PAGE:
Kurt Loder Movie Reviews

Paranormal Activity 4

A surprisingly creepy and effective new addition to the horror series.


It's surprising that Paranormal Activity 4 has turned out to be as scary as it is. Five years into this phenomenally profitable franchise, you might expect the picture to be an exhausted joke, wobbling around in Abbott and Costello Meet the Mummy territory. The simple formal elements of the series—the mostly static "found footage," the numbered night scenes, the timecode counting down at the bottom of the screen—remain the same; and while the three previous films have grossed more than $500-million worldwide (on a combined budgetary outlay of slightly more than $8-million), the dedication to a low-budget aesthetic—no stars, no music, no flashy effects—likewise remains unchanged.

What has changed—or is changing—is the story. Given the huge profit margin involved, it might have been tempting to just keep remaking the exact same movie over and over again, with slight shock variations. But directors Henry Joost and Ariel Schulman and cowriter Christopher Landon, all returning from the last film, have deepened the chill factor somewhat by expanding the series' mythology, introducing an agreeably silly ancient-Hittite motif and sketching in the outline of an overarching pattern of evil. All very creepy, and still very effective.

In the three previous movies, set in California, we met the troubled and troublesome Katie (Katie Featherston). As a child, Katie and her sister Kristi fell under the malign spell of their grandmother, secretly the leader of a coven of witches. Later, taken over by a demon called "Toby," Katie killed Kristi and disappeared with her infant son, Hunter. Now, six years later, we find ourselves in Nevada, getting to know a new family: a mom and dad (Alexondra Lee and Stephen Dunham) who aren't getting along too well; their teenage daughter, Alex (Kathryn Newton); and a six-year-old son called Wyatt (Aiden Lovekamp). One day another six-year-old, a very strange lad called Robbie (Brady Allen), comes calling. Robbie lives across the street from this family, and his mother has suddenly been taken to the hospital. He has nowhere to go. The family takes him in. A big mistake, naturally, as we soon see: Alex's boyfriend Ben (Matt Shively) has her set up laptops and other surveillance equipment around her house to document the strange stuff that begins happening (and of course the tension-pumping non-activity in the various late-night rooms).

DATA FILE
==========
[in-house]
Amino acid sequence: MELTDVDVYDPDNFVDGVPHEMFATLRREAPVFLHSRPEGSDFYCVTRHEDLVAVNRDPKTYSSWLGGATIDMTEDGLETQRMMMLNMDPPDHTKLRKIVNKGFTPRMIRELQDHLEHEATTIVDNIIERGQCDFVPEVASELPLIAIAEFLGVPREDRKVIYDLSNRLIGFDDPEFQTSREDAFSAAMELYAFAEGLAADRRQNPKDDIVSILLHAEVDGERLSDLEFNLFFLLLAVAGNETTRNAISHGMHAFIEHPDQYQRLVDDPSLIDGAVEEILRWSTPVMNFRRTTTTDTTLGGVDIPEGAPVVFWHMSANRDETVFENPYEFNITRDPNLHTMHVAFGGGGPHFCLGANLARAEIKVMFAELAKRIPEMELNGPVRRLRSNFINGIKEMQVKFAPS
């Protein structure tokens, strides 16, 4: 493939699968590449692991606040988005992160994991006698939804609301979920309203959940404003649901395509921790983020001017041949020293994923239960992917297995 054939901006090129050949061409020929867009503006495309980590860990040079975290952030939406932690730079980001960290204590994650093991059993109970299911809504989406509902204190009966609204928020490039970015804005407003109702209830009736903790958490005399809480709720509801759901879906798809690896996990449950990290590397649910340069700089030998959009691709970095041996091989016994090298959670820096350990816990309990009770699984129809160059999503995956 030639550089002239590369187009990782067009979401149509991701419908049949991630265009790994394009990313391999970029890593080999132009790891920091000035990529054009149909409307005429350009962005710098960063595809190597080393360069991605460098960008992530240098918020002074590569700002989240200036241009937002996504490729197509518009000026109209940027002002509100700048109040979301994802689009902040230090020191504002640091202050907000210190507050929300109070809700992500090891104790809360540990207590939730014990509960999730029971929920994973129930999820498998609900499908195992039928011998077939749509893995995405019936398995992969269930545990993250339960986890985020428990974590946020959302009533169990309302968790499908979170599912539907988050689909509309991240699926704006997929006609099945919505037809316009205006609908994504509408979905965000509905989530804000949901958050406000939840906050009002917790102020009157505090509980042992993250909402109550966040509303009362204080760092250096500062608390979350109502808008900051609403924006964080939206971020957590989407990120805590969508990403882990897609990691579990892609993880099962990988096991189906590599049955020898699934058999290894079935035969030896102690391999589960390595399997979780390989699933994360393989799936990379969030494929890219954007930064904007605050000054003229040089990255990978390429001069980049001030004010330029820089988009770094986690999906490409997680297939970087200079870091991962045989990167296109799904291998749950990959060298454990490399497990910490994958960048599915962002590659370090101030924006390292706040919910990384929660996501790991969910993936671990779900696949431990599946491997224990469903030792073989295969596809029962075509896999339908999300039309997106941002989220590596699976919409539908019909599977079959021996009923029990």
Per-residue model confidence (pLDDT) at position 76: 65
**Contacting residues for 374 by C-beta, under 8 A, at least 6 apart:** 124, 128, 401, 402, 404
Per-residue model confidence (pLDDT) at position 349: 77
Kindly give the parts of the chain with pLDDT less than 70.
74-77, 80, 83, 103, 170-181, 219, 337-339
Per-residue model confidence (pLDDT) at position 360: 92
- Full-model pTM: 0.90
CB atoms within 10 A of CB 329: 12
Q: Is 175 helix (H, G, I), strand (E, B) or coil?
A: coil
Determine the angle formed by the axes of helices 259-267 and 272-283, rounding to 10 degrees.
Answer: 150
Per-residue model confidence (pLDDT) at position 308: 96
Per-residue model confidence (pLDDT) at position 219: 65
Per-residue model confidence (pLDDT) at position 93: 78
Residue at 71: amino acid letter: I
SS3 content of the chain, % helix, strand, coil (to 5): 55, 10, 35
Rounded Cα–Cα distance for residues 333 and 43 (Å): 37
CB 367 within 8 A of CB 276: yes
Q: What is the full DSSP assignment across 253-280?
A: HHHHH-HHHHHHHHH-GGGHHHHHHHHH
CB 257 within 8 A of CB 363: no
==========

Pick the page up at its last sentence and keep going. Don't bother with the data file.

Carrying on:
Some of the expected supernatural jolts that ensue—the shaky chandeliers, the self-slamming doors—provide a reassuringly familiar background for startling new frights, among them an eerie levitation. (Illusionist David Copperfield, a fan of the PA franchise, weighed in here.) There are dim figures barely seen, a possessed butcher knife, a frantic garage scene, and—hey, what's going on across the street?

One of the most appealing aspects of the Paranormal Activity films is their lack of gore and pain and dismemberment—the calling cards of the Saw and Hostel movies. The PA films are solidly in the haunted-house tradition, which relies on little more than a generalized spookiness. The story here doesn't entirely add up (the picture's original ending didn't test well, so a less-detailed conclusion was substituted), but who cares? The movie delivers what we've come to expect, an unrelenting sense of squeeze-and-release dread, freshened up with some lively new scares. Any minor narrative gaps can be filled in later—presumably right around this time next year.